Not surprisingly, color plays a big role in the exhibit, particularly in his 1994 collection where a tangerine taffeta gown is paired with a white baby tee to show how glamour and grunge can go as one. Other techniques stand out though aside from the use of color — a wool dress embroidered to emulate a totem pole, a mini shift made from Coca-Cola pailettes, and a Star of David belt buckle on a bodysuit with an Ostrich fur hood.

“If crosses are everywhere, why not make the Star of David ubiquitous too? Just another thing?” he has said on numerous occasions.

Mizrahi insisted the museum curators strip the second floor gallery of the black fabric normally hung on its walls in favor of a scrim to let in natural light and also mimic the approach he famously used to showcase his fall 1994 collection, documented in “Unzipped,” in which he swaps the runway’s backdrop for a sheer screen, giving the audience a glimpse into the hustle and chaos backstage.

The second room features two walls arrayed floor-to-ceiling with his sketches: brightly clad stick figures striking poses and modeling plaid gowns and red trench coats. He says he has kept every drawing he’s made since he was eight. As in any exhibit that showcases early sketches, such as the Tim Burton show at MoMA in 2009, we receive an invitation to understand an artist’s private life and inner musings — the thick brush strokes and furious scribbles give way to ideas scrapped and genius yet to come. It’s the most intimate part of the show.

From early on, Mizrahi defied the conscripts of a normal life. He was born in Brooklyn and grew up as an only son to Jewish parents, Sarah and Zeke Mizrahi, who manufactured children’s clothing. He was captivated by fashion at a young age. Some of his first sketches were scribbled in prayer books at Yeshiva of Flatbush, a modern Orthodox private school.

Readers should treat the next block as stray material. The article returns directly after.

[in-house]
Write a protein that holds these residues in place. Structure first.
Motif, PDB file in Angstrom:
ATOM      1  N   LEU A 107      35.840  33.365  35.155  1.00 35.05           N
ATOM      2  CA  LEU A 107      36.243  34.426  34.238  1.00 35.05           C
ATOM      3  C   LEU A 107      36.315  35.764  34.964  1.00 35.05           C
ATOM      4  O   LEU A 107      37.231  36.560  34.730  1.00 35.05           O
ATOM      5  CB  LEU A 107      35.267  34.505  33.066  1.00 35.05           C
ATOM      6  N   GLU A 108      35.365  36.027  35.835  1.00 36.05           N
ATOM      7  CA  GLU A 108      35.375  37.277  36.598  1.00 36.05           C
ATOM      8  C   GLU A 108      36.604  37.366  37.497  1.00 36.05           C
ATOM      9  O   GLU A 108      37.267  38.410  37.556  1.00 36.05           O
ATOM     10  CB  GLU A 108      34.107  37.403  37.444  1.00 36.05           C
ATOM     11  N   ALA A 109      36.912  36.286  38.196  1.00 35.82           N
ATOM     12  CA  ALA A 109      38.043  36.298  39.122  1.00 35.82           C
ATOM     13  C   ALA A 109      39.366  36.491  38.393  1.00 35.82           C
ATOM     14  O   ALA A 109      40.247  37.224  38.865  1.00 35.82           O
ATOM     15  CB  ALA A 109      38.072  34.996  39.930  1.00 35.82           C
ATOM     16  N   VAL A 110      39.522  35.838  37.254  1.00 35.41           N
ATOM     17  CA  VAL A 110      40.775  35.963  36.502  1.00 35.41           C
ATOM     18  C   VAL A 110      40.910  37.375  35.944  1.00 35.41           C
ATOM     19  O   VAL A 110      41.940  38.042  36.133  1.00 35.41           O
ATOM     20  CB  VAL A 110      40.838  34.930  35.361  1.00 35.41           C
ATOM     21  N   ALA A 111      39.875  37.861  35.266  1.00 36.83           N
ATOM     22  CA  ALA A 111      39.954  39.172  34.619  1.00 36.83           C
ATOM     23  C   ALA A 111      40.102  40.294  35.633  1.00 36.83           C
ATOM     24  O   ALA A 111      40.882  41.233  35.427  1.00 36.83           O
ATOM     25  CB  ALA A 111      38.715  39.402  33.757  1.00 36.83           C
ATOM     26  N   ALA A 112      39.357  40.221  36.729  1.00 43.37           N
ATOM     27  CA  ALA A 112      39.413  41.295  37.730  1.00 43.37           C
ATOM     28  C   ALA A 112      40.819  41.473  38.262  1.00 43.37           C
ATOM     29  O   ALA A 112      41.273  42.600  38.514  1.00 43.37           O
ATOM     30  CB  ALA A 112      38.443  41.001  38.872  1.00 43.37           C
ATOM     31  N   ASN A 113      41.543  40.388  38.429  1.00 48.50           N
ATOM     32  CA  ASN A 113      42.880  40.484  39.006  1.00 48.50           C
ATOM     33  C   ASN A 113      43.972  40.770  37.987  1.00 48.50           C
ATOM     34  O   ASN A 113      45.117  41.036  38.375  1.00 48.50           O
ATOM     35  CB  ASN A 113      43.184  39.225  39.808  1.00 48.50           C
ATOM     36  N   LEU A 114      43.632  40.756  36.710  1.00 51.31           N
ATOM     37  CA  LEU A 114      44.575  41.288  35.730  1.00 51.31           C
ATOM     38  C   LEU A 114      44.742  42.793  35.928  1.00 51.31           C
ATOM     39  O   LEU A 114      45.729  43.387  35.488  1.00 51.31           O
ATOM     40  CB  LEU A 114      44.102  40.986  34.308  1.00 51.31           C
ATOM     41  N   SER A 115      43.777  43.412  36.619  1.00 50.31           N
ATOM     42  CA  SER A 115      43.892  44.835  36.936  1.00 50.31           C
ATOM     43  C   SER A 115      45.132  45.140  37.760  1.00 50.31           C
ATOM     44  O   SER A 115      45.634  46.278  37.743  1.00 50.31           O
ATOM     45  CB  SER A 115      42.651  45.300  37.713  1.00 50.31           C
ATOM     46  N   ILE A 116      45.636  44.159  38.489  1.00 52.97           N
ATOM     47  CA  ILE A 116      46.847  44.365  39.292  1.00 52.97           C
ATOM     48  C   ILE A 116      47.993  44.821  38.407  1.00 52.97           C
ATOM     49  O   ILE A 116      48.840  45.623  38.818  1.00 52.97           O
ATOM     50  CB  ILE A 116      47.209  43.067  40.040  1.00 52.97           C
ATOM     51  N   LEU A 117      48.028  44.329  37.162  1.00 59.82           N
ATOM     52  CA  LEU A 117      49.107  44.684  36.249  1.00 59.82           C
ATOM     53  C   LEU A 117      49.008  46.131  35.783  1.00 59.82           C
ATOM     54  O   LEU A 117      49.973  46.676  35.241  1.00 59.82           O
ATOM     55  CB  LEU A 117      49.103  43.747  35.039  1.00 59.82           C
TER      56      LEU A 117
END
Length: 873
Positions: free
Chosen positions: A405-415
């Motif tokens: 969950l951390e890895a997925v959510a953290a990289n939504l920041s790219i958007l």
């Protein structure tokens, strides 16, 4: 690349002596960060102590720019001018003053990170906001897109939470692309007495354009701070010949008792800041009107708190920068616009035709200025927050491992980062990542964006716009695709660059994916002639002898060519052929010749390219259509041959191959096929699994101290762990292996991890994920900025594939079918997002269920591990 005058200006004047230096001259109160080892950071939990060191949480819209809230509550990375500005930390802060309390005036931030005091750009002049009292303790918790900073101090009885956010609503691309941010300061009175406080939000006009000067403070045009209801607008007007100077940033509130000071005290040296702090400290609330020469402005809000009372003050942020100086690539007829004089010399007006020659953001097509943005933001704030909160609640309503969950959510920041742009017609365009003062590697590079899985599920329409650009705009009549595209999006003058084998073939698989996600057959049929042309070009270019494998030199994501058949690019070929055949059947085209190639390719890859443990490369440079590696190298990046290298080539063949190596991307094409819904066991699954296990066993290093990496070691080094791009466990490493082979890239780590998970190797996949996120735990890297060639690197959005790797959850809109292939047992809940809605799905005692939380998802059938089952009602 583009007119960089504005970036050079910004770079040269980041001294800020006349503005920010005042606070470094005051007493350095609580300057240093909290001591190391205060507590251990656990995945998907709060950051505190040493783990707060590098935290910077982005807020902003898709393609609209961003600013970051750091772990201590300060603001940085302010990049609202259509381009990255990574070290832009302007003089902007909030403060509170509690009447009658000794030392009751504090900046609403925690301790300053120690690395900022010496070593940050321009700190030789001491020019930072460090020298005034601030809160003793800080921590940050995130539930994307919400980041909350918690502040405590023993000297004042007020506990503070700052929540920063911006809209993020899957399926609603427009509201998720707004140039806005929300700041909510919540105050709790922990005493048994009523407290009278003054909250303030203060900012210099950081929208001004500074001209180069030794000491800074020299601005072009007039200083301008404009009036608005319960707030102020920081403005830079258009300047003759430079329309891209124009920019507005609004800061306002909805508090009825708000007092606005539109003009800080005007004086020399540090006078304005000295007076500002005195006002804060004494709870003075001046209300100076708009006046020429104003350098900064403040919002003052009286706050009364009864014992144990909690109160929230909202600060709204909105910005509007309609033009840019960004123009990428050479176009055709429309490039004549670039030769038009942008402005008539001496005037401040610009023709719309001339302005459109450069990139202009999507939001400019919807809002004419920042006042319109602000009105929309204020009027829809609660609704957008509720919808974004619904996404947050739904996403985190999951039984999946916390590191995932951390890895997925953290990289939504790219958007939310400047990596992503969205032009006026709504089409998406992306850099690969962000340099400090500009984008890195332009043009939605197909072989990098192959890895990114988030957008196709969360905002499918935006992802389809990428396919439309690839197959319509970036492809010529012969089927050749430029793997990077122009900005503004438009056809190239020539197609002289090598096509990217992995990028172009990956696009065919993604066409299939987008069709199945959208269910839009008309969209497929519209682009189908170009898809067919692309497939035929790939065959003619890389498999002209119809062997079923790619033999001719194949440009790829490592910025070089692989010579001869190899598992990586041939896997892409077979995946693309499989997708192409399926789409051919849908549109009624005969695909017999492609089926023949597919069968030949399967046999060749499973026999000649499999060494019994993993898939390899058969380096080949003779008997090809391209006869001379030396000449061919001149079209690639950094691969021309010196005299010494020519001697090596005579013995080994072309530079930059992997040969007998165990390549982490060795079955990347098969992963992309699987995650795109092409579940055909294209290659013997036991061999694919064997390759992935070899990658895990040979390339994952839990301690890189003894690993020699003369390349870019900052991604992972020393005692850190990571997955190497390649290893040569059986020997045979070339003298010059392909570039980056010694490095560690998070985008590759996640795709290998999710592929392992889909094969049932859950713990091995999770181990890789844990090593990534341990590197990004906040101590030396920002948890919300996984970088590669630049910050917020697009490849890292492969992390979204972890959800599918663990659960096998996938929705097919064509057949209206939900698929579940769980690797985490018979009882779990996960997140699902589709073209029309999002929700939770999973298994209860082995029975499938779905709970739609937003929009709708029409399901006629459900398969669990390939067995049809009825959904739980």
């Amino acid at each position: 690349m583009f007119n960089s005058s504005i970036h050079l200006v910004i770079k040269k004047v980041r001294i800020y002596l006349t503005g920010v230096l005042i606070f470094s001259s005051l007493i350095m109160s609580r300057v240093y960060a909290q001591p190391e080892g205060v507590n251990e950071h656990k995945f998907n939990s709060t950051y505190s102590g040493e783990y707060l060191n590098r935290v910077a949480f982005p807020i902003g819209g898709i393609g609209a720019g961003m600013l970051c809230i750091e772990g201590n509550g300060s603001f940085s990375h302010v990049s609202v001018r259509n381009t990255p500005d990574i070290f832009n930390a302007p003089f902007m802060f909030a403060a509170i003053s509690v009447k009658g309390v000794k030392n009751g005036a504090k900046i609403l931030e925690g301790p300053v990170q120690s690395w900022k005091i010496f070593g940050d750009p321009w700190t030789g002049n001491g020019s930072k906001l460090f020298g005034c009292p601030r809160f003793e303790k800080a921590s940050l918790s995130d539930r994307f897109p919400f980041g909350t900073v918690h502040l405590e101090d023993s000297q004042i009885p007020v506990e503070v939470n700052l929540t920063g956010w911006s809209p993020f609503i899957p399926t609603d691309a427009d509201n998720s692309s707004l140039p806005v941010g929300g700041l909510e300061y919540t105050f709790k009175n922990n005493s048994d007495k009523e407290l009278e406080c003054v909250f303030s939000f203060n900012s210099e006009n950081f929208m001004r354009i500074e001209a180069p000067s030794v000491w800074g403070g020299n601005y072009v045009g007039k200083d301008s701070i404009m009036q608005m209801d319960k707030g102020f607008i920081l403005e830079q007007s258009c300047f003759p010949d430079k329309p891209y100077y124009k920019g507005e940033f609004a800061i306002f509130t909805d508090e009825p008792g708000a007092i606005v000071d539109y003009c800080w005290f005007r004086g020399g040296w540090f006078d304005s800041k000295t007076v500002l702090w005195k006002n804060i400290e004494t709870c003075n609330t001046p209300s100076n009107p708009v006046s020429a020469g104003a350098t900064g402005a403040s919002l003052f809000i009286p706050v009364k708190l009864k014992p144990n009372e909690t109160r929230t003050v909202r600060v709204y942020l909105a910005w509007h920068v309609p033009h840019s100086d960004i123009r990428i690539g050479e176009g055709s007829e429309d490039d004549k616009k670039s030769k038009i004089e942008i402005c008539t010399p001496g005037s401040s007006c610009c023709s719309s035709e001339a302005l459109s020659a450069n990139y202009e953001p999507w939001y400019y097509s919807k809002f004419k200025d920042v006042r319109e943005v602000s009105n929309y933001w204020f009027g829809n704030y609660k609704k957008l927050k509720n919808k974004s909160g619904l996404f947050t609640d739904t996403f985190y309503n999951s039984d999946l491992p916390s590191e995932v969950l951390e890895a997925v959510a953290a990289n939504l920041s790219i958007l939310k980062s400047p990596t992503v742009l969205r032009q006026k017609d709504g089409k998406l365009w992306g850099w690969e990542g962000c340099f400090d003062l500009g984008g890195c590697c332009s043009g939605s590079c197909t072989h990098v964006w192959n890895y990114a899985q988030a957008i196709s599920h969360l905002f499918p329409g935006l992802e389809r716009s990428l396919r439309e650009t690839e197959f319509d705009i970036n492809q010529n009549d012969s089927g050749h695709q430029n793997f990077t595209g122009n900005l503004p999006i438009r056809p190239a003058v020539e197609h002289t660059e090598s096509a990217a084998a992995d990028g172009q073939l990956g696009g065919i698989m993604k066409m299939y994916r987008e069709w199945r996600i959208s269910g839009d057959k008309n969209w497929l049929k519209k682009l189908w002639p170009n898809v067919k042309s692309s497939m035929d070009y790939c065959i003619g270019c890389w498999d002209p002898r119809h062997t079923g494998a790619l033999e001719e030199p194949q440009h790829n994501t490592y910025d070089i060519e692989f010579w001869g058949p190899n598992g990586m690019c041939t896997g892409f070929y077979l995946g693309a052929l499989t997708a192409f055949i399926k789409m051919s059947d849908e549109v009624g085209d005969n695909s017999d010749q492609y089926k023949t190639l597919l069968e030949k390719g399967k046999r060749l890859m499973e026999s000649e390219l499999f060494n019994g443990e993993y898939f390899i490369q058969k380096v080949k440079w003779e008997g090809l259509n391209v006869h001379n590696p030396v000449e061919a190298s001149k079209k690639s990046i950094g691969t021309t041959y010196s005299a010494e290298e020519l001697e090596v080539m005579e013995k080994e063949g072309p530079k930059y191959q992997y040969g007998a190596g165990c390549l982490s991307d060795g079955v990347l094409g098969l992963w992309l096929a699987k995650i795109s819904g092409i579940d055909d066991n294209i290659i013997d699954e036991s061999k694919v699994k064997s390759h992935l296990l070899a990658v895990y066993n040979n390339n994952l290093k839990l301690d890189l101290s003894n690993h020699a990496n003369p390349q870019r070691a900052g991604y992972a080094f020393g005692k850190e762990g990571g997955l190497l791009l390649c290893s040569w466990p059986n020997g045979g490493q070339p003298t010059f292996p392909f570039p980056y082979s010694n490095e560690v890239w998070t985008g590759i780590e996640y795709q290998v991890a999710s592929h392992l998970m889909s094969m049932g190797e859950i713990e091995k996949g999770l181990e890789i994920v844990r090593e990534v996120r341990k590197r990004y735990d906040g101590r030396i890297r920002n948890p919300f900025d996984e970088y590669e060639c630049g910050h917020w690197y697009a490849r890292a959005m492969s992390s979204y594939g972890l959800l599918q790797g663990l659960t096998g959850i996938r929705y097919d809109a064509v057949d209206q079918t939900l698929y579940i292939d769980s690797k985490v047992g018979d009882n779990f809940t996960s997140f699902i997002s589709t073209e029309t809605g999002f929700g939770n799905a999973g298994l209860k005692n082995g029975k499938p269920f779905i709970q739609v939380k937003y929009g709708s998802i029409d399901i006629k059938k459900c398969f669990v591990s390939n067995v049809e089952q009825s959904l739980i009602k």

“It is a kind of persecution that is unpleasant to think about,” he said about being both Jewish and gay. He spoke about bullying, which he saw as a problem that afflicts mankind as a whole. “People kill themselves who are bullied,” he said.

Mizrahi doesn’t consider himself religious and left behind the community, though he maintains a close relationship with his mother.

The designer’s appeal and awe-factor are not limited to his runway collections; Mizrahi has worked in the fashion, film, theater, dance and television industries, and the exhibit dedicates a small section to the costumes he designed for the operas “Platee” and “The Magic Flute.”

Now he’s writing a memoir due out in 2017. The book, and the exhibit, required combing through archives and revisiting memories. Of the experience, he quoted Diana Vreeland: “I loathe nostalgia.”

“At first it was a big bore,” he said. “But then it became fascinating because of what you’re leaving out,” meaning what pieces didn’t make the cut for this exhibit. One such item included a black jumpsuit with a high waist, which he failed to locate after calling everyone who might have it.

When the meeting ended and I watched Mizrahi scrawl my mother’s name with a heart underneath, I was reminded of the timelessness and universality not just of his clothes, but also of him. He is widely considered a New York designer, but regular women across America, like my mom, look up to him.

“I think historically,” he said. “I think of tomorrow as 150 years from now.”

Britta Lokting is the Forward’s culture fellow. Twitter @BrittaLokting